Quantcast

Av-Bay, Eggfinder, Upper assembly

The Rocketry Forum

Help Support The Rocketry Forum:

ActingLikeAKid

Well-Known Member
Joined
Nov 17, 2015
Messages
1,133
Reaction score
13
Interested in input here. I know that a lot of folks use two all-thread rods in their av-bays, but here's what I think I'm going to try - in no small part because this is 38mm ID and 2 rods would take up a lot of room. Picture should explain it mostly, but here's what I have: The transitions (purple) are solid ABS. Plan is to get some 10-32* aluminum allthread. I'll countersink a hole at the bottom of the lower transition that will be just big enough to fit a coupler nut - 10-32 on one side, 1/4" on the other. Drill a hole through the lower transition, screw the allthread into the coupler nut, secure with loctite. Screw a 1/4" eyebolt into the other end, secure with loctite. At the top end of the av-bay**, a coupler nut (also countersunk) screws onto the allthread; I literally can screw that transition on until it's snug. More loctite there. To the top of the coupler nut in the upper transition, I screw a short piece of 10-32 allthread. That gets fillet-glued with Rocketpoxy to a piece of 1/8" birch ply; eggfinder and battery are mounted to that. Ideally the wood is just small enough to fit snugly inside the BT so it won't rattle around. The nose cone and upper BT are glued together and slide over the eggfinder, then are attached with 3 small screws (possibly going into nuts glued into the transition, depending on how fancy I want to be).

I'm wide-open to suggestions on this. I haven't put a TON of thought into how I'd do DD, but like I said in the footnote, this is mostly a placeholder for if I do decide to set up for that later. Mostly I don't want to glue and commit to SD, but I don't like the idea of 2 sets of pins in a fairly long rocket. Please feel free to tell me if I'm doing something stupid and there's a much easier way. The allthread adds 50g or so, probably 50g again for the nuts and the eyebolt. That's less than 10% of the motor-less weight and OpenRocket doesn't say it's an issue for stability (well, it's a bit overstable anyway, so it'll be REALLY stable and may weathercock a bit)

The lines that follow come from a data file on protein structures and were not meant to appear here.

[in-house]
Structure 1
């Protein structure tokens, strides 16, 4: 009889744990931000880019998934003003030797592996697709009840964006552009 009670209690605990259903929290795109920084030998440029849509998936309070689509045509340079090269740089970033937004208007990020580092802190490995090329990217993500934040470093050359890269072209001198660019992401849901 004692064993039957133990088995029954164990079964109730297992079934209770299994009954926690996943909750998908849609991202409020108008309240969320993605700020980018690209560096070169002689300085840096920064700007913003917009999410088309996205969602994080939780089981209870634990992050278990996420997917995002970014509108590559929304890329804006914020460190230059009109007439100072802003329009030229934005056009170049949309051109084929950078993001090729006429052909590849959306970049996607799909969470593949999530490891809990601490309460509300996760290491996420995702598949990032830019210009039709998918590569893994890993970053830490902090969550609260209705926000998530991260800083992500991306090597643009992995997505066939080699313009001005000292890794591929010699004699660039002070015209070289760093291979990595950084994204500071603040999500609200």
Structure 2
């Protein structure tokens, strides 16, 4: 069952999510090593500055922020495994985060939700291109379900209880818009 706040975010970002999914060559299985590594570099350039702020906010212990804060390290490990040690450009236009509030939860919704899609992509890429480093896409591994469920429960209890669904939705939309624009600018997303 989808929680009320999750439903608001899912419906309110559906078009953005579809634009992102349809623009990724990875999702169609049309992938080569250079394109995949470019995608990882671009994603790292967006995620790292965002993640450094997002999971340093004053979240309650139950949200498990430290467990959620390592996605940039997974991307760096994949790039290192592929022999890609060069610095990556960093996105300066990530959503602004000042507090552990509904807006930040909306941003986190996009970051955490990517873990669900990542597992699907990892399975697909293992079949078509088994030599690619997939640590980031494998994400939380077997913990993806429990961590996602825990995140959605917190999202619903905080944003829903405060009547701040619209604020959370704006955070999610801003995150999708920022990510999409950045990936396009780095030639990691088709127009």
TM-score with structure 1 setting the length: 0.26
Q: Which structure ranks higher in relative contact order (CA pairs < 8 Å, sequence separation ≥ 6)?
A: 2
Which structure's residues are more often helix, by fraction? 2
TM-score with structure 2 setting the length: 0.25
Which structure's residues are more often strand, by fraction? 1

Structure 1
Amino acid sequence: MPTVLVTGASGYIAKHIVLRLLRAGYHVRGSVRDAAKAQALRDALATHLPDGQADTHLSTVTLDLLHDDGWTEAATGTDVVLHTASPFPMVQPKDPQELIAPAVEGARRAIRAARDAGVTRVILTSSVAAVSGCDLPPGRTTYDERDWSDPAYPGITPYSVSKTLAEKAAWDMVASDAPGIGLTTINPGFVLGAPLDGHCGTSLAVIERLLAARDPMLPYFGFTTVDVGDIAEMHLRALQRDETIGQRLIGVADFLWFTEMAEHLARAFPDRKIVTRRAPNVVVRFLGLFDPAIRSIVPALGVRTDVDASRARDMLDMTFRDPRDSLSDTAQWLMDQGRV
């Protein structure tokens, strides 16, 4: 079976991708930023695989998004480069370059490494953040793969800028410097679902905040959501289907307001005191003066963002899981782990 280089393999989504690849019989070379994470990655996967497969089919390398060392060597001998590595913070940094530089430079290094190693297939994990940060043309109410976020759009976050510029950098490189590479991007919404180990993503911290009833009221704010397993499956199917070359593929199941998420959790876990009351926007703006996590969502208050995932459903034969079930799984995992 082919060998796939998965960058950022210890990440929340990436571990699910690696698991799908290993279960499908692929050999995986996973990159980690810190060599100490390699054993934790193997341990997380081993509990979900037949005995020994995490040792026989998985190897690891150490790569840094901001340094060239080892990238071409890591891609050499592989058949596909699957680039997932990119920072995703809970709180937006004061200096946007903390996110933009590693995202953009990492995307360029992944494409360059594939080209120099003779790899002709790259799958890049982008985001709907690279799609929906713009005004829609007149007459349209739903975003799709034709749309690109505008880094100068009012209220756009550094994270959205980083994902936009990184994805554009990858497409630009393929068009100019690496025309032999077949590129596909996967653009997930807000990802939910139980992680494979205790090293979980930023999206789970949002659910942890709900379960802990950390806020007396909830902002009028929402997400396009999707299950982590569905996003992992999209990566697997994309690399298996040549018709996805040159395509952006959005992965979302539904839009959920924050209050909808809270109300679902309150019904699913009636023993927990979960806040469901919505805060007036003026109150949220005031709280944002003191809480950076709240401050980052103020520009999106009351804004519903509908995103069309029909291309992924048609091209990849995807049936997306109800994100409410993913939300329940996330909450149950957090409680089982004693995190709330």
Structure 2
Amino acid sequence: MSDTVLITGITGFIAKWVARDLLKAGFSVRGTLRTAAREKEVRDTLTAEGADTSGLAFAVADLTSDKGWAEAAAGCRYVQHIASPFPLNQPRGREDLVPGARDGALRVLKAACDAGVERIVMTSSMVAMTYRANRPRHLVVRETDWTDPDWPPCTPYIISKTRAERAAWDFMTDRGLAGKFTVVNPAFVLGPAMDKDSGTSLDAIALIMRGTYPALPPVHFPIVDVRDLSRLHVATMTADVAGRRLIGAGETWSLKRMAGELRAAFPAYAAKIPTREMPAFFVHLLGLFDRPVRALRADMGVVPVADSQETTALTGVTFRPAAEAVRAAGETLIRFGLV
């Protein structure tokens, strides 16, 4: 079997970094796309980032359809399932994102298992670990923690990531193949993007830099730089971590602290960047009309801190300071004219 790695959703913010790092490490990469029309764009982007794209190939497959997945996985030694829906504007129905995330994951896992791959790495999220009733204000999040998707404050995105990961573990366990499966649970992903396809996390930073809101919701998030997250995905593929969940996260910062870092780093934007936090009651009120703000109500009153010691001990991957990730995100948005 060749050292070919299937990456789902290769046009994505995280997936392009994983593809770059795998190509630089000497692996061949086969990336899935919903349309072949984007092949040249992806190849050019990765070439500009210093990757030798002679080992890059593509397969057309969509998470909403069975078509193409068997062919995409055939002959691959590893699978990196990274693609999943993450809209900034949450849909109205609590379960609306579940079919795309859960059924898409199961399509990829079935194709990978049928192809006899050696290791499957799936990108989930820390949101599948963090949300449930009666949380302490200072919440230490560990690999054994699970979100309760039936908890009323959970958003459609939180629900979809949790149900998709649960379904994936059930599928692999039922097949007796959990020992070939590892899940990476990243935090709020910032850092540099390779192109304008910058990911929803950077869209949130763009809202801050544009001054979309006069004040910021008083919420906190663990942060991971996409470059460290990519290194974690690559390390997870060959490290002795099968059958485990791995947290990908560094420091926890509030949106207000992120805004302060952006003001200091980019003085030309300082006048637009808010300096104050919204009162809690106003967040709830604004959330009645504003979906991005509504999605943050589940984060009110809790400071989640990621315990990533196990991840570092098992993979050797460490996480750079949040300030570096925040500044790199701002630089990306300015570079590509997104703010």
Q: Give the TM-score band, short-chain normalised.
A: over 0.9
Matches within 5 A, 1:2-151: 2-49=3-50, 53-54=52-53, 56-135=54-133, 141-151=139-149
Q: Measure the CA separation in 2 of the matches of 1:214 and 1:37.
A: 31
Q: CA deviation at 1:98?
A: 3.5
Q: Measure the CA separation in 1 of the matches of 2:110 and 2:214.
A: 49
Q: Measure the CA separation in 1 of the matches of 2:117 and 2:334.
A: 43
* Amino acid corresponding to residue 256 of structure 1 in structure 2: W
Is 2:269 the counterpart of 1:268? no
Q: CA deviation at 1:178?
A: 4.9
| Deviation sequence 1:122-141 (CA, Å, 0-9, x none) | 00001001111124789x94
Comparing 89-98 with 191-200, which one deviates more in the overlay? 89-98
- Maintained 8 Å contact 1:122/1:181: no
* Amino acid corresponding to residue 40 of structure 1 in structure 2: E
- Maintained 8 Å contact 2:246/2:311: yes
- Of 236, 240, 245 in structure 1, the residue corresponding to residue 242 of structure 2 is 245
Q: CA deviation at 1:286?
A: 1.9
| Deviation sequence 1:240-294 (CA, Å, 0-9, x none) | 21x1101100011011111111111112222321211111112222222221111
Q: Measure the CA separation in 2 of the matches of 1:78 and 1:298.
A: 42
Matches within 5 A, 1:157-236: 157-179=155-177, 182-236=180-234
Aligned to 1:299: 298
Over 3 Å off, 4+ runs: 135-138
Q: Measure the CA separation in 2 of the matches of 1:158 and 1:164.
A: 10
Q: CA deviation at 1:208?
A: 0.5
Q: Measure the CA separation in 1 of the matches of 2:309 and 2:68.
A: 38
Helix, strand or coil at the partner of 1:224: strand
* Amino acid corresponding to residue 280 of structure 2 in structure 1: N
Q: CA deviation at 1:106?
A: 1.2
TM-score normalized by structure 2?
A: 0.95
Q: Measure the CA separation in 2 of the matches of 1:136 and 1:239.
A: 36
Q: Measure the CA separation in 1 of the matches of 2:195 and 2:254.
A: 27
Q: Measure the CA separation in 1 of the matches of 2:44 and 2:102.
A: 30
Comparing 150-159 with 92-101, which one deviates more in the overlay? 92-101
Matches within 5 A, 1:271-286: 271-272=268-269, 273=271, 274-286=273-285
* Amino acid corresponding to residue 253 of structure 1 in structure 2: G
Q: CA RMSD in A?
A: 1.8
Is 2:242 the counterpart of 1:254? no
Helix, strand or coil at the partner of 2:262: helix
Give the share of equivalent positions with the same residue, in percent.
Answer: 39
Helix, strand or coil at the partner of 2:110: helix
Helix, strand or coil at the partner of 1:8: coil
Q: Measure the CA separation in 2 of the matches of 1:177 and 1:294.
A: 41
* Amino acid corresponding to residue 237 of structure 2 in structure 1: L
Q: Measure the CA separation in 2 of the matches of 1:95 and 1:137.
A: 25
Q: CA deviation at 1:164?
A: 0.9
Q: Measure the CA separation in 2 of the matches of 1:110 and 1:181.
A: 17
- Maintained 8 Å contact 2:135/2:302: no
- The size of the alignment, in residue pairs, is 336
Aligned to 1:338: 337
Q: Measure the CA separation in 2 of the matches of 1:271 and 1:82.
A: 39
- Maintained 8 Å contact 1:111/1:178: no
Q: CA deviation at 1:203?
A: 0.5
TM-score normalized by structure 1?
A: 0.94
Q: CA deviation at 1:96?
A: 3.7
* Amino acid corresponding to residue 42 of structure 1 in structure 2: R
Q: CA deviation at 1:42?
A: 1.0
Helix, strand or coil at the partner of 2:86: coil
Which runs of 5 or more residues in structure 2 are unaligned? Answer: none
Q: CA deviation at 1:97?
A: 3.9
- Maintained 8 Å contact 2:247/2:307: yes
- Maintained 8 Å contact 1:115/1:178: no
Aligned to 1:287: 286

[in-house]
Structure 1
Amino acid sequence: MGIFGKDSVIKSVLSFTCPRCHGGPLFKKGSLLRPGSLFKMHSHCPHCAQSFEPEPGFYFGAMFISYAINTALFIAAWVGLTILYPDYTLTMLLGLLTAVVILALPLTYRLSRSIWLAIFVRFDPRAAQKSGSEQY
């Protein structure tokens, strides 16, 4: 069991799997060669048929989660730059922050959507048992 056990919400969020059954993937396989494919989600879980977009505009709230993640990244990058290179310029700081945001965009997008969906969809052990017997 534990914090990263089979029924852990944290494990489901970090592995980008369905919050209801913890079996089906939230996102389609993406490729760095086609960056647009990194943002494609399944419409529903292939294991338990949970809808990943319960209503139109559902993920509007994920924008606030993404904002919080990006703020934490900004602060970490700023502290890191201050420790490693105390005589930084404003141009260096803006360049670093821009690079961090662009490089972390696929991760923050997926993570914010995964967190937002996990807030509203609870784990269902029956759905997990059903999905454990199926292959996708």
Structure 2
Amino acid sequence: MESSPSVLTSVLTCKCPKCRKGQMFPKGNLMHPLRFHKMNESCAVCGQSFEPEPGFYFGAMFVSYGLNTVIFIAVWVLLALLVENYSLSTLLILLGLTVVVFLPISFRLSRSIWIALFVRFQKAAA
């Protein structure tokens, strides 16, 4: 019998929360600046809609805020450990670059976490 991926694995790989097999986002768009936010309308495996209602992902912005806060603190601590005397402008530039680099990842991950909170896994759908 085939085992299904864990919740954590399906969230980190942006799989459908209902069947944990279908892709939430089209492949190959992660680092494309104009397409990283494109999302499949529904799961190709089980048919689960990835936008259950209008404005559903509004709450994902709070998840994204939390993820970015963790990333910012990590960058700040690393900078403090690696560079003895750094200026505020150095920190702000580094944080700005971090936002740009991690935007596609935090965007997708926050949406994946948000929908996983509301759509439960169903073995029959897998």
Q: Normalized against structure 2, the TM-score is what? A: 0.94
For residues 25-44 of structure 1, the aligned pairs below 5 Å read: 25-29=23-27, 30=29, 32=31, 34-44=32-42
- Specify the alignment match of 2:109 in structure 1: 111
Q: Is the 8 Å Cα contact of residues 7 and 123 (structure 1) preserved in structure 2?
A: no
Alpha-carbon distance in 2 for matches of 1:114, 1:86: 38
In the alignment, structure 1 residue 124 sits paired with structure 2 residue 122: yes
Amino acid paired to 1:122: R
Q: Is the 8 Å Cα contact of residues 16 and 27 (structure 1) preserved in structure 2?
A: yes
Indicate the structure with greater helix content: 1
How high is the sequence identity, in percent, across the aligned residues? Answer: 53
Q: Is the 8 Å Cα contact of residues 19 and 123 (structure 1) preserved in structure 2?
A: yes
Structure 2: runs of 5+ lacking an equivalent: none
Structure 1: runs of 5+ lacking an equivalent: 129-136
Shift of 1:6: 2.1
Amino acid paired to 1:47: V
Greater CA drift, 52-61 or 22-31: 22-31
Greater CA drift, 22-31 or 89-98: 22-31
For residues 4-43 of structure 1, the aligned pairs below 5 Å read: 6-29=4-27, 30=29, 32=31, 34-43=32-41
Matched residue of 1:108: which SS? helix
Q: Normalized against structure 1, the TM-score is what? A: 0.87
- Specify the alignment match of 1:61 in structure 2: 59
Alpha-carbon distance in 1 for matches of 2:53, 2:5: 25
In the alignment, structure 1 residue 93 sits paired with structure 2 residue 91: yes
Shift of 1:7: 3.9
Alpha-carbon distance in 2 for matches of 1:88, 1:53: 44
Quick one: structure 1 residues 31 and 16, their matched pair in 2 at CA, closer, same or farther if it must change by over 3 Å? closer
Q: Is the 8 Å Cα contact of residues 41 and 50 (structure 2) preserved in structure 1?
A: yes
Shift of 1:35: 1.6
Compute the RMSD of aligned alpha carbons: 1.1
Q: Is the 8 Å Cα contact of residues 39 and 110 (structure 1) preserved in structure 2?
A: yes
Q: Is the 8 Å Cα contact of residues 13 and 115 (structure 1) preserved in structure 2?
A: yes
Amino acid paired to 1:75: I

rocketnose.jpg


*(I wrote 10/32 some places in the pic and didn't go back to fix it. I'm talking 10-32 screw size, not 10/32")
**(which is not going to house anything right now - this is "for future use" if I want to do DD. Also allthread seemed like a slick way to secure the two transitions - way less wobbly than pins)
 

ksaves2

Lifetime Supporter
TRF Lifetime Supporter
Joined
Nov 25, 2009
Messages
6,044
Reaction score
336
How about this: Press fit a piece a plywood for the Eggfinder so it fits perfectly with the nosecone shoulder and the front base of the transition. Either epoxy the nosecone or use screws on it too to make it removable. Ditch the all-thread. If you want this DD you'd have to put the Deployment altimeter in the bay behind the EggFinder and mount two terminals on the aft
transition. One would blow it apart at apogee and you'd have to use a cutter like that from PrairieTwister/Archtype rocketry (they still available?) to unfurl the chute.

The other alternative is get a Jolly Logic Chute release and use motor ejection at apogee and the JLCR for main "unfurling". Kurt